Corporations are finally wising up and capitalizing on this gift, rather than shaming us for “needing to be interested in something like a child” to get the job done or tagging us with the famous Ben & Jerry’s bumper sticker which says, “If it’s not fun, why do it?” Our point exactly.

This certainly does not mean ignoring adult responsibilities or dodging accountability. ADHD is an explanation and not an excuse. What this means is for us to be aware of our unique wiring and to create our own operator’s manual. Many of us have done this, such as Simone Biles, Leonardo Da Vinci, Whoopi Goldberg, and Jim Carrey, as well as the CEO of Jet Blue, David Neelemen, to name just a few.

We create, innovate, and invent. This is what we do best.

Intense Emotionality

As we are passionate by nature, most of our thoughts and feelings follow suit. We can be intense and we can get stuck in our emotions due to the differences in our executive functioning systems. This is often misdiagnosed as a mood disorder because this is what many therapists are trained to look for, rather than the brief and intense emotionality that often accompanies ADHD. Mood disorders typically take on a life of their own and last much longer. The intense moods of the ADHDer are more like a summer thunderstorm on the beach; they come in fast when triggered by an event and then are just as quick to leave. We get over things quickly and often forget they happened.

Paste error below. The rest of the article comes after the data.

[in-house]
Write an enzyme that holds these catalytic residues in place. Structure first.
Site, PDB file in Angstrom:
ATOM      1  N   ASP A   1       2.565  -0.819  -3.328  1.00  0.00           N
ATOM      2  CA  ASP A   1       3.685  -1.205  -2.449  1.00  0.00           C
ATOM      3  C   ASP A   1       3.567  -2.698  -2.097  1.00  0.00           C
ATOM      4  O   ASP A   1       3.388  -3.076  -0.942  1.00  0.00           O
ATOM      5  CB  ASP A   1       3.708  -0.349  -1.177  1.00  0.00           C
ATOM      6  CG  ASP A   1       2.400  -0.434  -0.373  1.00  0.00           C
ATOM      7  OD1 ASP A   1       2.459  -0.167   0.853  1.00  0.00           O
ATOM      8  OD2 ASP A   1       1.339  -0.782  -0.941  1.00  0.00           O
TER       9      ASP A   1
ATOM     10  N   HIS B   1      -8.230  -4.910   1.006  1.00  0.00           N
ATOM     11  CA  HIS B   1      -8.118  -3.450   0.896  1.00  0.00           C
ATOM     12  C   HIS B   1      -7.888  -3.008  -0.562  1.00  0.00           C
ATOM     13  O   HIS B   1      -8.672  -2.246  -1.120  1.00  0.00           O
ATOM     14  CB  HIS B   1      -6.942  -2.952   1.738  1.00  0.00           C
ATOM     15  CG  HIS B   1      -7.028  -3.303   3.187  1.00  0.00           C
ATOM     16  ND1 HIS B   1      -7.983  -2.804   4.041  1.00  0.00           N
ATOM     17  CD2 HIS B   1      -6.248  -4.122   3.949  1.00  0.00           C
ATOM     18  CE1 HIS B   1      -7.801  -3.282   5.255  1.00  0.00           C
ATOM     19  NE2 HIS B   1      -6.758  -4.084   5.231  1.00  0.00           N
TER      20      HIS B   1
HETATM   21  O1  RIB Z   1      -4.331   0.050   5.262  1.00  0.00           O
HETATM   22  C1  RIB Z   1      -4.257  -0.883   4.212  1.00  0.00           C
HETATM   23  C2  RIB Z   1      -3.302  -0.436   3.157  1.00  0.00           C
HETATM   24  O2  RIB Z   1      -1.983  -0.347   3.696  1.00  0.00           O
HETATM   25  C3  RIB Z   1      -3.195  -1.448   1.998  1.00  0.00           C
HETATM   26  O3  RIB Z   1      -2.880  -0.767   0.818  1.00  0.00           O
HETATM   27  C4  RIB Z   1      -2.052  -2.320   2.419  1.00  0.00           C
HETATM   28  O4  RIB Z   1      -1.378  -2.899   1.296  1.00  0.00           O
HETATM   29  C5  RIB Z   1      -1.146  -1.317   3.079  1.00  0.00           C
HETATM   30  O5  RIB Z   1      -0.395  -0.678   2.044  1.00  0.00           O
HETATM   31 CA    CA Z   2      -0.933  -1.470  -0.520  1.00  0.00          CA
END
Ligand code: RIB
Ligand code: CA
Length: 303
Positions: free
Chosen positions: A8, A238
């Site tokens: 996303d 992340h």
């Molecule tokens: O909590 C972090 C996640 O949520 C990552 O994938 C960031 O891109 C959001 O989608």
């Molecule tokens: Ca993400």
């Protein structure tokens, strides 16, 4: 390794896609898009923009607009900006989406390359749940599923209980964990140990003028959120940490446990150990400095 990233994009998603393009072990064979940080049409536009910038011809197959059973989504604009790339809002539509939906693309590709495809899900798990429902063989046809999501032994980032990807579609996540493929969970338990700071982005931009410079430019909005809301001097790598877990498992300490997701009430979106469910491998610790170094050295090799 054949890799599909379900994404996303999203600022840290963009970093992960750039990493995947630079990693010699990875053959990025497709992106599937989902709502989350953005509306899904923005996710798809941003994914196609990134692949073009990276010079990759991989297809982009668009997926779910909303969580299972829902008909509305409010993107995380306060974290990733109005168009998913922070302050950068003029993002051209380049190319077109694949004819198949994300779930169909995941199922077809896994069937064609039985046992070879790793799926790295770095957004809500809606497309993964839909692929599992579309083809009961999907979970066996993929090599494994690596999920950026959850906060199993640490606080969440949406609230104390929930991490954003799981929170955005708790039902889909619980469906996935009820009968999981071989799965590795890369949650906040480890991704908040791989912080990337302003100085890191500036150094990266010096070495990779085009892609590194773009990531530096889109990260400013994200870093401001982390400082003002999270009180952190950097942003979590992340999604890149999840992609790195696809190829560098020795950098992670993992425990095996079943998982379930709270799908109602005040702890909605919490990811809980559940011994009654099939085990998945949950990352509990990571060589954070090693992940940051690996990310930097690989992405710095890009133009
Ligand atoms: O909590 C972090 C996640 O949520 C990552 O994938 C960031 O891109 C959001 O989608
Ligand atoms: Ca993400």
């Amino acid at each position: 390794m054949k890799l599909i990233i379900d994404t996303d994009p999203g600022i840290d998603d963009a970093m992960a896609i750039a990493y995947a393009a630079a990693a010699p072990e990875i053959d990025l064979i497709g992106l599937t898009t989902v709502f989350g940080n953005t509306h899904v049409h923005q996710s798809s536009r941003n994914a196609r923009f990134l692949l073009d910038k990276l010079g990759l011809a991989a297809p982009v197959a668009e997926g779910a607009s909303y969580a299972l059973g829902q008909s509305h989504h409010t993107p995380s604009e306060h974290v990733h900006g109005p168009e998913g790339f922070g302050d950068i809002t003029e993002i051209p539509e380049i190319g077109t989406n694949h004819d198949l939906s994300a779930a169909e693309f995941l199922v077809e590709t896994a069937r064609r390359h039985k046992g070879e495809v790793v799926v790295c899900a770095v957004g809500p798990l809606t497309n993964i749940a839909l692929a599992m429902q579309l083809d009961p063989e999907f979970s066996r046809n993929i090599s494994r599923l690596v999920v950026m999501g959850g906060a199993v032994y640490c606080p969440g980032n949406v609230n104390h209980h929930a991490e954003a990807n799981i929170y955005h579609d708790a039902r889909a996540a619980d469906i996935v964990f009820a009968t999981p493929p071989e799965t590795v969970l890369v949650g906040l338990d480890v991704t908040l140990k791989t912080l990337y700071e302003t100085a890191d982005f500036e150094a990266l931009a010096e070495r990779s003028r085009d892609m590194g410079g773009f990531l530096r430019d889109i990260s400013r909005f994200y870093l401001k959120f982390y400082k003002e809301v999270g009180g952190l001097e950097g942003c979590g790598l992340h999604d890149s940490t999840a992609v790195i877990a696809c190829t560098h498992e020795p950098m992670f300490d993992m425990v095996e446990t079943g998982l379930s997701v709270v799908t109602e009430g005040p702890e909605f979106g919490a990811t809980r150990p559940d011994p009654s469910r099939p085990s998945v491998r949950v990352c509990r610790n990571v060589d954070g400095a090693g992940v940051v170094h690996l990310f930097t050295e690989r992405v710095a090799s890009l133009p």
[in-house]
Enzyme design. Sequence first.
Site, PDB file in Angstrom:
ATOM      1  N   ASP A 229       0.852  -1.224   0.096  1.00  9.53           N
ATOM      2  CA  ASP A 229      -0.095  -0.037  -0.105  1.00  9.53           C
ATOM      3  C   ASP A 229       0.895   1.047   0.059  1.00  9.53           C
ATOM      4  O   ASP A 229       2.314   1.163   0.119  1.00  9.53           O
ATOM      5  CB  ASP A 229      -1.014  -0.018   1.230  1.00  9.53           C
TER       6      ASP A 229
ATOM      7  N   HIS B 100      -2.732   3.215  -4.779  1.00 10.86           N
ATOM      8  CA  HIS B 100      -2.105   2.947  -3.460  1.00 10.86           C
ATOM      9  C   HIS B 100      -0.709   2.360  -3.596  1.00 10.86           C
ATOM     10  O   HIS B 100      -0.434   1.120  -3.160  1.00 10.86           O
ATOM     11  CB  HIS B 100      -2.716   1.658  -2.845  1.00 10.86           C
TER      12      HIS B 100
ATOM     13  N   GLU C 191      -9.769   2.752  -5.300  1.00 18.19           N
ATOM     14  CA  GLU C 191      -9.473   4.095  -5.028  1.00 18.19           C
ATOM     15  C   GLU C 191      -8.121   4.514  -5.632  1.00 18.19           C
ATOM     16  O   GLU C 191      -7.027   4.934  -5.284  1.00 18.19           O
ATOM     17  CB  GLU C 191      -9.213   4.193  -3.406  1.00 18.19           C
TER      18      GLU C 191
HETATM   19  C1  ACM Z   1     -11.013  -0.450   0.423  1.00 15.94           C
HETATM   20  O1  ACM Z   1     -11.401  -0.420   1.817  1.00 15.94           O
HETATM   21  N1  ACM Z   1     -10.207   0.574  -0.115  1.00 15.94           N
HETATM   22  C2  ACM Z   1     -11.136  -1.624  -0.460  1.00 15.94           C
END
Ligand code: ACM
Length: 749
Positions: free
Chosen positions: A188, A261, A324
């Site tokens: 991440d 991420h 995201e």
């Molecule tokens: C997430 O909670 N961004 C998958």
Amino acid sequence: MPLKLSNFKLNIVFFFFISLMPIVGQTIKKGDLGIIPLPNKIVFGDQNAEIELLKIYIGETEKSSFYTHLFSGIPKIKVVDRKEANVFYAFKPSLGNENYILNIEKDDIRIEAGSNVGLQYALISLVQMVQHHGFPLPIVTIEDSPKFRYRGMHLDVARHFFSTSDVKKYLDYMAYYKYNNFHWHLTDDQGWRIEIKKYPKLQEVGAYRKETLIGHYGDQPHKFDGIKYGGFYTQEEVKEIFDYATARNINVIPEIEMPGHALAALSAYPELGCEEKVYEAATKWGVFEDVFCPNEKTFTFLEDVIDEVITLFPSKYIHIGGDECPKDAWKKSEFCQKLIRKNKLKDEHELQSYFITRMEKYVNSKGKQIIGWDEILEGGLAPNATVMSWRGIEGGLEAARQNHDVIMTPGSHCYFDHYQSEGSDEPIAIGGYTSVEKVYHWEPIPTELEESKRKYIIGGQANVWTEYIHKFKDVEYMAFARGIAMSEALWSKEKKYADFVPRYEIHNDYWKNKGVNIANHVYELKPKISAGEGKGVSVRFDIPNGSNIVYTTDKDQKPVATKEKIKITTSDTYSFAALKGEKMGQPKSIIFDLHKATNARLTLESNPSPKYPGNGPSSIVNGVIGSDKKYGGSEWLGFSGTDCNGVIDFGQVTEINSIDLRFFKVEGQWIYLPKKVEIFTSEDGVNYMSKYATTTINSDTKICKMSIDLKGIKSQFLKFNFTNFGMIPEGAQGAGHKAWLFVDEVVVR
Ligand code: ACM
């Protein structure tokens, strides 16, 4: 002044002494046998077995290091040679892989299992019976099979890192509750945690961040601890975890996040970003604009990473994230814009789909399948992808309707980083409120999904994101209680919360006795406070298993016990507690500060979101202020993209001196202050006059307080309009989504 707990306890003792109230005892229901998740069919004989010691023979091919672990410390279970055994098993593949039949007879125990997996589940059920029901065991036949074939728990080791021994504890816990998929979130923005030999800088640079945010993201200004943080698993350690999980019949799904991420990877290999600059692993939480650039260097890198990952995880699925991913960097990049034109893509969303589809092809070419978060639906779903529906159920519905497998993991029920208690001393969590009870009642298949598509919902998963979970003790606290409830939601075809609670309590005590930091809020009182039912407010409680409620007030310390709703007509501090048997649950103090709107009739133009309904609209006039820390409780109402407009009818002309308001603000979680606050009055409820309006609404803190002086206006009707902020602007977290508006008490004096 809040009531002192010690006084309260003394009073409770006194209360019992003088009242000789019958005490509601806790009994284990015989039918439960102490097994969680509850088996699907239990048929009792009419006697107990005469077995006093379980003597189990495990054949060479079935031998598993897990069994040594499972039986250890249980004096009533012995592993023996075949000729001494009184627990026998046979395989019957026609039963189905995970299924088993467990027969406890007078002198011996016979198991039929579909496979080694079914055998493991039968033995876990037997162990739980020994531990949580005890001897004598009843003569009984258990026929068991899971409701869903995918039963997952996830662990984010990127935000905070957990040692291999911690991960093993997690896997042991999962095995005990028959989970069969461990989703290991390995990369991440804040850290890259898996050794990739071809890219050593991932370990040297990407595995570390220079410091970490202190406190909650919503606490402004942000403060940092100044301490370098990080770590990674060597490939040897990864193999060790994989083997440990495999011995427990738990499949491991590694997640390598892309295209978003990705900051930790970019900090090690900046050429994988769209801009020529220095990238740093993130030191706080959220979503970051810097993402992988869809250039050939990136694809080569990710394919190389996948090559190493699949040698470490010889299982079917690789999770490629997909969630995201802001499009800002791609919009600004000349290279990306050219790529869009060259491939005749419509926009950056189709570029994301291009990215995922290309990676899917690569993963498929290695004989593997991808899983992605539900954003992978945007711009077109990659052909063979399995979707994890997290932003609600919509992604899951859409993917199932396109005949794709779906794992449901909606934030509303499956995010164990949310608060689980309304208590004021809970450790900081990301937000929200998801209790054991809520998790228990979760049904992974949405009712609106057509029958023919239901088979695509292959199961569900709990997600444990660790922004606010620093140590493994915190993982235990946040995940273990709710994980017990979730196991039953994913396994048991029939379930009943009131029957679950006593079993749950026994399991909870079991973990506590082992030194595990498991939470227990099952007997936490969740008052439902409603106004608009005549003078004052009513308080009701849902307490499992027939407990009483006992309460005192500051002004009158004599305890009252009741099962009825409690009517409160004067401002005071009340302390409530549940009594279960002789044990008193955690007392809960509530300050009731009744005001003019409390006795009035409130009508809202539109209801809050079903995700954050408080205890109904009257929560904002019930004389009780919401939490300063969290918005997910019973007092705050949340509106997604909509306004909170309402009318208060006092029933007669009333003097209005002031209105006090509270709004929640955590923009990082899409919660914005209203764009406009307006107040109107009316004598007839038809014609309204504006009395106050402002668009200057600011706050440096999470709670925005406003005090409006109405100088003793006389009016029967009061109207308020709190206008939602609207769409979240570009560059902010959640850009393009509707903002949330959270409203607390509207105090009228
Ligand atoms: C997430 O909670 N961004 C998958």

The “H”

The “H” in ADHD stands for hyperactive, which I would prefer to refer to as high-energy. I don’t think any adult appreciates being referred to as hyper—nor does a child, for that matter. What is important to understand is that if you are seeing the “H” externally, more than likely it is 10 times worse on the inside. This is merely an external reflection of the internal hyperactivity or high-energy. It is also important to realize that those without the outwardly expressed “H” can also have the internal hyperarousal going on. This can be very hard for us to manage because we often feel that we cannot relax, or at least not in a way that is acceptable to NTs.

For example, I relax best when in motion, such as running, skiing, or when doing Tai Chi. I have also been relaxation-shamed a lot, with comments such as, “Why can’t you just sit still and watch TV with us?” My answer: "Let me see... because I would rather stick pins in my toes." Hyperarousal can also be frustrating as it often feels that our mind has no shut-off switch (Dodson, 2021).

For those NTs in our lives, getting the basic gist of how our lightning-fast hard drive operates can be a huge catalyst for positive and lasting change.

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Dodson, W. (2021). 3 defining features of ADHD that everyone overlooks. ADDitude. Retrieved from:…